School officials often believe and parents are often convinced that kindergarten retention and other extra-year programs like pre-K and pre-first provide more appropriate curricula (unavailable in the regular grades) and “protect” unready children from the aversive experiences of a high-pressure first grade. Still, boys of color, African American boys in particular, seem to suffer the most by such practices that tend to marginalize much of what they learn in their homes and communities as irrelevant to school. Children from low-income and racially, linguistically, and culturally diverse backgrounds are particularly disadvantaged by this narrowness inasmuch as school readiness tests often fail to recognize and adopt, in any culturally responsive way, the potentially positive interactive and adaptive verbal and interpretive cultural practices learned by African American boys (as well as other non-mainstream groups) within families and communities.
Challenging Teachers’ Perceptions of School Readiness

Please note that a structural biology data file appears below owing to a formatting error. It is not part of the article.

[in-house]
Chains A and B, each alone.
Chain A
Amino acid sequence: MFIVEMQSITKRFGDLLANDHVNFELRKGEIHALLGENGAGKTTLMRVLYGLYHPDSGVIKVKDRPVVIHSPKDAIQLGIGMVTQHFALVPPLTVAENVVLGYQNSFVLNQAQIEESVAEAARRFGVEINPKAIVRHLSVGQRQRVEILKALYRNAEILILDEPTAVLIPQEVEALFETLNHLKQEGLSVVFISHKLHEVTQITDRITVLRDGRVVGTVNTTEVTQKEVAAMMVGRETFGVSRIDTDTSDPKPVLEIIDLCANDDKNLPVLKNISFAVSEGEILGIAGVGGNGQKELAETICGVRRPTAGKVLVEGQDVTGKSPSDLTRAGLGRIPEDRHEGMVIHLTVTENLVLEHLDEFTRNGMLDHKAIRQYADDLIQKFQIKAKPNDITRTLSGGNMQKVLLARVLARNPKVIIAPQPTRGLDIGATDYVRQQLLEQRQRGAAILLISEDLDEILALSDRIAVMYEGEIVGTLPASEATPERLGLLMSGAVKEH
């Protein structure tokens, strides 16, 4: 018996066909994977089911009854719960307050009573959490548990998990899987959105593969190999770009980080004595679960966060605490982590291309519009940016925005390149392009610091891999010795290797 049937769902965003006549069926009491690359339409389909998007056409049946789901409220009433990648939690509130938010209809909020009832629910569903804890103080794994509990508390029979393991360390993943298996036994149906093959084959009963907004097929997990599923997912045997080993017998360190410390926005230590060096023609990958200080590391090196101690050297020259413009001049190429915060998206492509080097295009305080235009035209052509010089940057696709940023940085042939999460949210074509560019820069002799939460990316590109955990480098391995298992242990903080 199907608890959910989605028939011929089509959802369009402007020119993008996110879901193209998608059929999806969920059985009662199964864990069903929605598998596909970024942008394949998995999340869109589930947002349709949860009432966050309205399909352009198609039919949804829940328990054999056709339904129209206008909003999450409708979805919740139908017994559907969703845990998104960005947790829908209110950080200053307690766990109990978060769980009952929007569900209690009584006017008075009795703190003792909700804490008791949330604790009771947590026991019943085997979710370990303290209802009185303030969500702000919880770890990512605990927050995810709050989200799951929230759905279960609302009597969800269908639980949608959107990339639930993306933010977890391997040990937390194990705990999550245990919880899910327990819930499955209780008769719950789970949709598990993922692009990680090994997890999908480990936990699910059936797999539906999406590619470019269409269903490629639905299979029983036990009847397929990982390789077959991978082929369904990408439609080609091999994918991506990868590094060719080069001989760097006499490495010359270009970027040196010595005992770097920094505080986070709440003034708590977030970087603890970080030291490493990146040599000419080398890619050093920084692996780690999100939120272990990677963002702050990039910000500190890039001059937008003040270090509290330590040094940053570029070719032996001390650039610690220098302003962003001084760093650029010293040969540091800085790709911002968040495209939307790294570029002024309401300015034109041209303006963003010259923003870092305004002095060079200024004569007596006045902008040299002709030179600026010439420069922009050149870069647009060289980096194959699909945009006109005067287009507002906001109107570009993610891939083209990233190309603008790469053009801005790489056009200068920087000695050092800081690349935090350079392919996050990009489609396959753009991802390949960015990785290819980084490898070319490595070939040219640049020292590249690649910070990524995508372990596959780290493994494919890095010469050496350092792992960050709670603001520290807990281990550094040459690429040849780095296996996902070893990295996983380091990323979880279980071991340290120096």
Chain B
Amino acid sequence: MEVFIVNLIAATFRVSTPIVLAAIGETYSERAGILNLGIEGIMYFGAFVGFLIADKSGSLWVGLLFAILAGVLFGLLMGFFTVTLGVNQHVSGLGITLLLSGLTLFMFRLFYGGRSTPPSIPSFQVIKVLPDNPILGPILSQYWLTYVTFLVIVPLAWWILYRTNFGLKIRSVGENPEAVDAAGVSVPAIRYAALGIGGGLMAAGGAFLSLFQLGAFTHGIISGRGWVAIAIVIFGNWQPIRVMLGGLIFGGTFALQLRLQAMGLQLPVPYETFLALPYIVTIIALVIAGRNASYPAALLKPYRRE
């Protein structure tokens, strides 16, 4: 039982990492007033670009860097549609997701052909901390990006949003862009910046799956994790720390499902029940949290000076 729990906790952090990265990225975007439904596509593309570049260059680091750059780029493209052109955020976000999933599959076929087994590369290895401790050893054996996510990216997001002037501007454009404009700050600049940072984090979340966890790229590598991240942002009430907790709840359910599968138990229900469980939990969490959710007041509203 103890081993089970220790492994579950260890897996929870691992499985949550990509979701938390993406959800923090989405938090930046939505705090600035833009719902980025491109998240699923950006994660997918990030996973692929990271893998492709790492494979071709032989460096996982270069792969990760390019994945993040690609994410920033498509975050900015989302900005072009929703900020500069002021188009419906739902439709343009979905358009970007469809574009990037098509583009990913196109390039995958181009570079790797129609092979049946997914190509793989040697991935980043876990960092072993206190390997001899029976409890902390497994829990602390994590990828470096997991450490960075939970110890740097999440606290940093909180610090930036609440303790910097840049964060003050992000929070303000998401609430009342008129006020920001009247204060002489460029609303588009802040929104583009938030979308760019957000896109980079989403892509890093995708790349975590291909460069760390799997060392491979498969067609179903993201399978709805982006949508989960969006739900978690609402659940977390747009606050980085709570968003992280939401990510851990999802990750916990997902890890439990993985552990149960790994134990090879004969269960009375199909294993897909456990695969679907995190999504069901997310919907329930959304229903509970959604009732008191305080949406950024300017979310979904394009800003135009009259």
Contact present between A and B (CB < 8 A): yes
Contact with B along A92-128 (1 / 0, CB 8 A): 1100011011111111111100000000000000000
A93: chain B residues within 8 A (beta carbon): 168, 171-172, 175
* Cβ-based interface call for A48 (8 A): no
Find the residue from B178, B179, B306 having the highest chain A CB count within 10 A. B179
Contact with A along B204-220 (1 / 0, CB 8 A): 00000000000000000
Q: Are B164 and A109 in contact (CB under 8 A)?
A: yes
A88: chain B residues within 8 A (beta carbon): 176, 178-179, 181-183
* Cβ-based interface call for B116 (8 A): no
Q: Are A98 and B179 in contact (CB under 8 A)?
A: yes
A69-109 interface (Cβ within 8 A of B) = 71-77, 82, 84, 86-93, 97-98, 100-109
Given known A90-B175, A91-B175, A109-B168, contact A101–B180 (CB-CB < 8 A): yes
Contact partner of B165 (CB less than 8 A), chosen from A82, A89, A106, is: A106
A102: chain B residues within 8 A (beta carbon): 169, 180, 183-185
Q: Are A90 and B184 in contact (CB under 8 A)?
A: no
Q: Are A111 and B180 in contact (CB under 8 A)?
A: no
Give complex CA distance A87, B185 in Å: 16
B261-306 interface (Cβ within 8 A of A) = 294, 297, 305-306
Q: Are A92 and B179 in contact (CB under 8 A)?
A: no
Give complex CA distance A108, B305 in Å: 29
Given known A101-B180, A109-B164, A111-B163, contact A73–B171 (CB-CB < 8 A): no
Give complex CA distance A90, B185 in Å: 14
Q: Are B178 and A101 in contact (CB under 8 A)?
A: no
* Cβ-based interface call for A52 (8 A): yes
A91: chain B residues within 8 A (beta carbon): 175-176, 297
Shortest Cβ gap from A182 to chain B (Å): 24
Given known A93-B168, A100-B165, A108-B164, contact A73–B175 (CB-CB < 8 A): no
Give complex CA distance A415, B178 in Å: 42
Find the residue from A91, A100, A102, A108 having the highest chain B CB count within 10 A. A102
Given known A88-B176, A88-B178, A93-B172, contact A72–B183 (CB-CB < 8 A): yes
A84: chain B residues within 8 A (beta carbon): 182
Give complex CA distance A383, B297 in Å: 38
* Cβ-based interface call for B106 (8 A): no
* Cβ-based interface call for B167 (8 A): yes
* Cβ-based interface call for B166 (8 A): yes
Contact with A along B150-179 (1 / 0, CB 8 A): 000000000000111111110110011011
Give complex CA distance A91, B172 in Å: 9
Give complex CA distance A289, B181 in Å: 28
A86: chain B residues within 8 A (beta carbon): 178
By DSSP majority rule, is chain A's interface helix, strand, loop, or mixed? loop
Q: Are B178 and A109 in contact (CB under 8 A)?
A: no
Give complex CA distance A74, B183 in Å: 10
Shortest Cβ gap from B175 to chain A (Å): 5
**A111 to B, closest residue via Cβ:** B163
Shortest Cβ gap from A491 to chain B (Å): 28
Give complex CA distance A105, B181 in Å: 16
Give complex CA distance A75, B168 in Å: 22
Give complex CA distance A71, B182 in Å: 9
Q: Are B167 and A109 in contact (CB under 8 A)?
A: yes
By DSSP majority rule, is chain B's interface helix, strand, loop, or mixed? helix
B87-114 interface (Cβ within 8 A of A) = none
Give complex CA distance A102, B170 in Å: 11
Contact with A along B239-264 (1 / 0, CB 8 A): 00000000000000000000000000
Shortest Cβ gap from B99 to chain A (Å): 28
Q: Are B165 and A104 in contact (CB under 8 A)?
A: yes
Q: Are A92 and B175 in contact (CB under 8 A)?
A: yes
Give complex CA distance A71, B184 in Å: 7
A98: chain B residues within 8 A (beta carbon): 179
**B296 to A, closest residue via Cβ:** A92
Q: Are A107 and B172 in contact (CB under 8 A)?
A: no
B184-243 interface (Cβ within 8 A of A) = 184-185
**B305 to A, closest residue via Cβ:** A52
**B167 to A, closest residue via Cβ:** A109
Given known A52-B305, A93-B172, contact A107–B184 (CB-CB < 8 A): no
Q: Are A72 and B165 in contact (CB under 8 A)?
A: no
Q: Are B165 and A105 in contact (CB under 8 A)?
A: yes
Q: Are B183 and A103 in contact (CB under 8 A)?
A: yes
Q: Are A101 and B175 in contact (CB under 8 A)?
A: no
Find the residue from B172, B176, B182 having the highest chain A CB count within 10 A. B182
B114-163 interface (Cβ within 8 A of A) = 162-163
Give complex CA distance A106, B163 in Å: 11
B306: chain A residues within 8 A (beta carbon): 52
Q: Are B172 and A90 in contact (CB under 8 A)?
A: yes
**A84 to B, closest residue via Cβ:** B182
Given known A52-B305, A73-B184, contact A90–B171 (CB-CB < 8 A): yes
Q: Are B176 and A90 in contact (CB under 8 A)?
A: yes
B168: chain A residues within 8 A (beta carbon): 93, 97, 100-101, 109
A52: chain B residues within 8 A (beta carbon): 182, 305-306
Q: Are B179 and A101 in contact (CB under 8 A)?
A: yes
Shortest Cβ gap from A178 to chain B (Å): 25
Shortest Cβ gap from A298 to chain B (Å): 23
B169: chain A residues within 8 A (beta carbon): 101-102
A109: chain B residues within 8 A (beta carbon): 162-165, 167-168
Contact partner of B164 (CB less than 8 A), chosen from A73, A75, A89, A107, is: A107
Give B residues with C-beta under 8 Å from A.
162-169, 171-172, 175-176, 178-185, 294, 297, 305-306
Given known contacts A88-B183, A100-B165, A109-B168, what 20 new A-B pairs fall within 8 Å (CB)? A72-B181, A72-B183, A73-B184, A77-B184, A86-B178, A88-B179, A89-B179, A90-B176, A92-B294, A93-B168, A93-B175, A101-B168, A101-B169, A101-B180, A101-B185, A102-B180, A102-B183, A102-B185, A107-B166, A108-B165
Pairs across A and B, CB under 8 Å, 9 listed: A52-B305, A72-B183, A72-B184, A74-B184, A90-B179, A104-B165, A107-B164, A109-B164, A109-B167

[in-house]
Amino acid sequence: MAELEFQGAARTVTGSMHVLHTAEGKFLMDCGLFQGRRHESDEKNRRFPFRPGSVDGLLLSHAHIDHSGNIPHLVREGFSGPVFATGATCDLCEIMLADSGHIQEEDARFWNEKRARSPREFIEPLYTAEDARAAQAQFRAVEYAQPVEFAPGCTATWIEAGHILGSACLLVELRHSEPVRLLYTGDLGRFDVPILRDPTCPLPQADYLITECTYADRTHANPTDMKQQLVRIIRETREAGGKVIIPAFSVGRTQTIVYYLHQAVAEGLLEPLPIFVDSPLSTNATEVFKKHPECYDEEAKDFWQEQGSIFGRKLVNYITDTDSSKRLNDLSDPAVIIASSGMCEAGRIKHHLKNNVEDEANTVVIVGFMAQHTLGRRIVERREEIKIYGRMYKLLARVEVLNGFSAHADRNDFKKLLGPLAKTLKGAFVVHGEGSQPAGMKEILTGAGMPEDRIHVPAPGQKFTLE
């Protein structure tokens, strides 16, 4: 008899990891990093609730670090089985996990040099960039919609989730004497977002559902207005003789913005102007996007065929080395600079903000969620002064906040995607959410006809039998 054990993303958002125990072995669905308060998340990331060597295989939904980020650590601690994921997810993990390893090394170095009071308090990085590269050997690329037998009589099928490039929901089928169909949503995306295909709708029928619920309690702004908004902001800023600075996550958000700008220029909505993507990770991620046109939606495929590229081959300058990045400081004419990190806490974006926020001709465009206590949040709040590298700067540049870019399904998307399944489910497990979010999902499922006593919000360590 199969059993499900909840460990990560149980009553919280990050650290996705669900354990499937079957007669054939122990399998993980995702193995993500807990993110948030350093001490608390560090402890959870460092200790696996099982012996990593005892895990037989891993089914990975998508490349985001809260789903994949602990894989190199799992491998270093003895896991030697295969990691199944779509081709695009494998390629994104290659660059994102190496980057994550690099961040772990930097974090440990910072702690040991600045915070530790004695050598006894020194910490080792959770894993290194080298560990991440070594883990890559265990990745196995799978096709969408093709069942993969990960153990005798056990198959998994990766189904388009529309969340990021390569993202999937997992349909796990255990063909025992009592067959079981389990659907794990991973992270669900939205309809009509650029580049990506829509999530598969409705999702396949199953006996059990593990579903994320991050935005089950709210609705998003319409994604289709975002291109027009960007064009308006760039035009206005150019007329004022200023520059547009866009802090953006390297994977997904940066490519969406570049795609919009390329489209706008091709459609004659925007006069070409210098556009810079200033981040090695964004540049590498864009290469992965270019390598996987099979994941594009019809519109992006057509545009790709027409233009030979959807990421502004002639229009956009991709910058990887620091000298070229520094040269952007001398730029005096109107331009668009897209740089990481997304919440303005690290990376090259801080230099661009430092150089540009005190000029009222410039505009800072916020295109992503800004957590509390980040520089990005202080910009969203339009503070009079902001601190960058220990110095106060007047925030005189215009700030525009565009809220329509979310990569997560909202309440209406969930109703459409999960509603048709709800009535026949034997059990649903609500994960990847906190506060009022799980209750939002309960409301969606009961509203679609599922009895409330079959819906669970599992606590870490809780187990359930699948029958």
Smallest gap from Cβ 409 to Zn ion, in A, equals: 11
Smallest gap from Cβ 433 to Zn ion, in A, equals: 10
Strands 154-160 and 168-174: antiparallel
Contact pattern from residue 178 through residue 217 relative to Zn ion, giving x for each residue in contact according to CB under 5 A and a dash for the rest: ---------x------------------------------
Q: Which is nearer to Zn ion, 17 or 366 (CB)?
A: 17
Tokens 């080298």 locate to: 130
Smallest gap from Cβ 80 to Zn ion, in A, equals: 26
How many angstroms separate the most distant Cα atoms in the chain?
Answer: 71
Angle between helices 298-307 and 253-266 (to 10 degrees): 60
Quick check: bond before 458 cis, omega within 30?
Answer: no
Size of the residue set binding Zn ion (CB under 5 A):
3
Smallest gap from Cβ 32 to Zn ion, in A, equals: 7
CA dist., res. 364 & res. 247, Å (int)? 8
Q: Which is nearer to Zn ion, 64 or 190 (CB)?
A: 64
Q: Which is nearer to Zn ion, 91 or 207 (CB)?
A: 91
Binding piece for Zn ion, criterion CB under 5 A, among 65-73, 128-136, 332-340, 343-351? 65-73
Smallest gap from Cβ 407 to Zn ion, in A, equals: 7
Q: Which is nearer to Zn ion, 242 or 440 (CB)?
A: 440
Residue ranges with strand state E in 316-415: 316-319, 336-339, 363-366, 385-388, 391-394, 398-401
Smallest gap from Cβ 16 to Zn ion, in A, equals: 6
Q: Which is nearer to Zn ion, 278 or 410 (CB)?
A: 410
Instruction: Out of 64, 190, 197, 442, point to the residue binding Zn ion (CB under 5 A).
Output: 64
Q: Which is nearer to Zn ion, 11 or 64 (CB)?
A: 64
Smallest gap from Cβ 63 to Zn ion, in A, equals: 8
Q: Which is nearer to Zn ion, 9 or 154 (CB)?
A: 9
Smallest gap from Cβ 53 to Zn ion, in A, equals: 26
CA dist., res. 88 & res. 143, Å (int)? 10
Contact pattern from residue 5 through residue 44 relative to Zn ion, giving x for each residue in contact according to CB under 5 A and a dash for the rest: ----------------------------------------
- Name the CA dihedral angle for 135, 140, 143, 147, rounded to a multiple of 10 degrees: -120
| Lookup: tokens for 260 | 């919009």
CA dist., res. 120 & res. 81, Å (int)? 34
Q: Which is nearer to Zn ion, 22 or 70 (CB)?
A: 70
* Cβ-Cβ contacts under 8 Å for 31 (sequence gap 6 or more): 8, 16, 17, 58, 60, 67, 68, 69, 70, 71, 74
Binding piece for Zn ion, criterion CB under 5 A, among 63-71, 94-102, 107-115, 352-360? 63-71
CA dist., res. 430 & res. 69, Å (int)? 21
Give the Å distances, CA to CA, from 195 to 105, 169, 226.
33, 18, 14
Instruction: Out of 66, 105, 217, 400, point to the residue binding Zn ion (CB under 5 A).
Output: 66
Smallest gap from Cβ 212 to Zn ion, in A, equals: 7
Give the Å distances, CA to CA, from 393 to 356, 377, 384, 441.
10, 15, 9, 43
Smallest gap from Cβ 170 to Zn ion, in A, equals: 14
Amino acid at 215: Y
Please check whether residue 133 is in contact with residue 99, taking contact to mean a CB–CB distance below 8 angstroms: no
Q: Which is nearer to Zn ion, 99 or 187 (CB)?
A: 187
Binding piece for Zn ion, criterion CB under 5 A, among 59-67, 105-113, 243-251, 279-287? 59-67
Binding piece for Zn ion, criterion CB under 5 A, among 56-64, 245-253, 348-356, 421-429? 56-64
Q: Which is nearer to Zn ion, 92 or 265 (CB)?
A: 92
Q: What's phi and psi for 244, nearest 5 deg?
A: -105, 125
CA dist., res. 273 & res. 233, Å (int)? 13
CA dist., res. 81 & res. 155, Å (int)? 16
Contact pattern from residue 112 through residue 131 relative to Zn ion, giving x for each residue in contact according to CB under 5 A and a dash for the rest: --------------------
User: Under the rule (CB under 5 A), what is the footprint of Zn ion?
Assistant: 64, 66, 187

Growing evidence supports the perceptions of teachers’ objectives and/or less than impartial views of school readiness tests (Gurian, 2011). Teachers tend to conclude from a single test that a child or groups of children are too immature for kindergarten. Criteria used to make this “objective” determination include, for instance: (1) attention span is too short to finish a task, such as cutting and pasting together a Valentine; (2) fine motor skills are insufficiently developed so they cannot cut on a wiggly line or tear paper; (3) language spoken in incomplete or immature sentences, such as “Me go to school,” shows lack of intelligence; and (4) social skills are deficient when students refuse to share toys and prized possessions with other children, including classmates. These and other readiness skills suggest that children who enter school without minimal academic and social competencies are at an increased risk of repeating kindergarten. Evidence for the interconnectedness of socio-emotional and academic school readiness is documented in a re-analysis of the NICHD Study of Early Child Care and Youth Development, where researchers report that children with higher behavioral regulation appear better able to attend to specific cues, remember instruction, stay on task, tune out irrelevant information, and process information necessary to complete tasks, all of which contribute to the ability to succeed in school settings and perform well academically (Sektnana, McClellanda, Acocka, & Morrison, 2010). Teachers perceive this to be an accurate and unquestioned predictor of school readiness (academic) and social and emotional maturation of readiness. The problem with such a perception is the limitations of traditional measures that often fall short of offering a complete and accurate picture of the intellectual, communicative, and cultural styles of culturally diverse children in general, and African American boys in particular (Wright & Ford, 2016). Some scholars warn that the traditional measures of achievement (e.g., giftedness) are problematic because they fail to account for all aspects of school, such as contributing factors to inequality, placing an over-reliance on testing outcomes, and defining intelligence based on limited constructs (Ford, 2011, 2013).